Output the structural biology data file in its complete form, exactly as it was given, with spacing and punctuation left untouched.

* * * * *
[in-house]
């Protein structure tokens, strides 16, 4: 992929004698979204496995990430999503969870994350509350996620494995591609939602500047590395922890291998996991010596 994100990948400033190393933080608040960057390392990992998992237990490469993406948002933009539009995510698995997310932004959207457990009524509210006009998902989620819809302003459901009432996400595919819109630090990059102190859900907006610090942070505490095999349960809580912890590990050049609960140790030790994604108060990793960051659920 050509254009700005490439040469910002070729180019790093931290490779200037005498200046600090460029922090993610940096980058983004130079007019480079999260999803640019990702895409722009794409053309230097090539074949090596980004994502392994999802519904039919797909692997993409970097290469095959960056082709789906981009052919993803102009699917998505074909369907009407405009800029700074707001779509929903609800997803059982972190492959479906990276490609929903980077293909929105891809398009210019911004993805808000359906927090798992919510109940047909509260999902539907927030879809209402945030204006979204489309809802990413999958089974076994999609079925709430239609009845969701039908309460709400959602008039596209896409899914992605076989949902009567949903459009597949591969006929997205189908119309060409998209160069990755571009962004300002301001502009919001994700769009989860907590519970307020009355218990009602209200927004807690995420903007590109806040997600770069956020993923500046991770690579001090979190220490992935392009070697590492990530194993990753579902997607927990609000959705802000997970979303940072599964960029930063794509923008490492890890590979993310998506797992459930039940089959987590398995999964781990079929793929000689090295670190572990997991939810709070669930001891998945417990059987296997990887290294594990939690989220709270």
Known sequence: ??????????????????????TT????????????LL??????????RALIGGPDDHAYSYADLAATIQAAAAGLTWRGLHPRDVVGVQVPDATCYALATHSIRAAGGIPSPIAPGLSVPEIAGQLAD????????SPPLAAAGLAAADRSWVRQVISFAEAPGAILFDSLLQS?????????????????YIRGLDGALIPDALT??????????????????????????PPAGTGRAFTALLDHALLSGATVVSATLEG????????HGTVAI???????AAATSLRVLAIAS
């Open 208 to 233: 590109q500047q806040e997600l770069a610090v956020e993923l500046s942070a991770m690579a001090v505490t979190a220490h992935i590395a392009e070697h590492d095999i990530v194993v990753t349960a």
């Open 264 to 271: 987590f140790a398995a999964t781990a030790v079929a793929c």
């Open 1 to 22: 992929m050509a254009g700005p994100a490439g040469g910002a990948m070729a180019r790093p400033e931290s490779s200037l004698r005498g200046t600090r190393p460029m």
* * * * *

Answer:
[in-house]
């Protein structure tokens, strides 16, 4: 992929004698979204496995990430999503969870994350509350996620494995591609939602500047590395922890291998996991010596 994100990948400033190393933080608040960057390392990992998992237990490469993406948002933009539009995510698995997310932004959207457990009524509210006009998902989620819809302003459901009432996400595919819109630090990059102190859900907006610090942070505490095999349960809580912890590990050049609960140790030790994604108060990793960051659920 050509254009700005490439040469910002070729180019790093931290490779200037005498200046600090460029922090993610940096980058983004130079007019480079999260999803640019990702895409722009794409053309230097090539074949090596980004994502392994999802519904039919797909692997993409970097290469095959960056082709789906981009052919993803102009699917998505074909369907009407405009800029700074707001779509929903609800997803059982972190492959479906990276490609929903980077293909929105891809398009210019911004993805808000359906927090798992919510109940047909509260999902539907927030879809209402945030204006979204489309809802990413999958089974076994999609079925709430239609009845969701039908309460709400959602008039596209896409899914992605076989949902009567949903459009597949591969006929997205189908119309060409998209160069990755571009962004300002301001502009919001994700769009989860907590519970307020009355218990009602209200927004807690995420903007590109806040997600770069956020993923500046991770690579001090979190220490992935392009070697590492990530194993990753579902997607927990609000959705802000997970979303940072599964960029930063794509923008490492890890590979993310998506797992459930039940089959987590398995999964781990079929793929000689090295670190572990997991939810709070669930001891998945417990059987296997990887290294594990939690989220709270």
Known sequence: ??????????????????????TT????????????LL??????????RALIGGPDDHAYSYADLAATIQAAAAGLTWRGLHPRDVVGVQVPDATCYALATHSIRAAGGIPSPIAPGLSVPEIAGQLAD????????SPPLAAAGLAAADRSWVRQVISFAEAPGAILFDSLLQS?????????????????YIRGLDGALIPDALT??????????????????????????PPAGTGRAFTALLDHALLSGATVVSATLEG????????HGTVAI???????AAATSLRVLAIAS
């Open 208 to 233: 590109q500047q806040e997600l770069a610090v956020e993923l500046s942070a991770m690579a001090v505490t979190a220490h992935i590395a392009e070697h590492d095999i990530v194993v990753t349960a």
């Open 264 to 271: 987590f140790a398995a999964t781990a030790v079929a793929c």
């Open 1 to 22: 992929m050509a254009g700005p994100a490439g040469g910002a990948m070729a180019r790093p400033e931290s490779s200037l004698r005498g200046t600090r190393p460029m």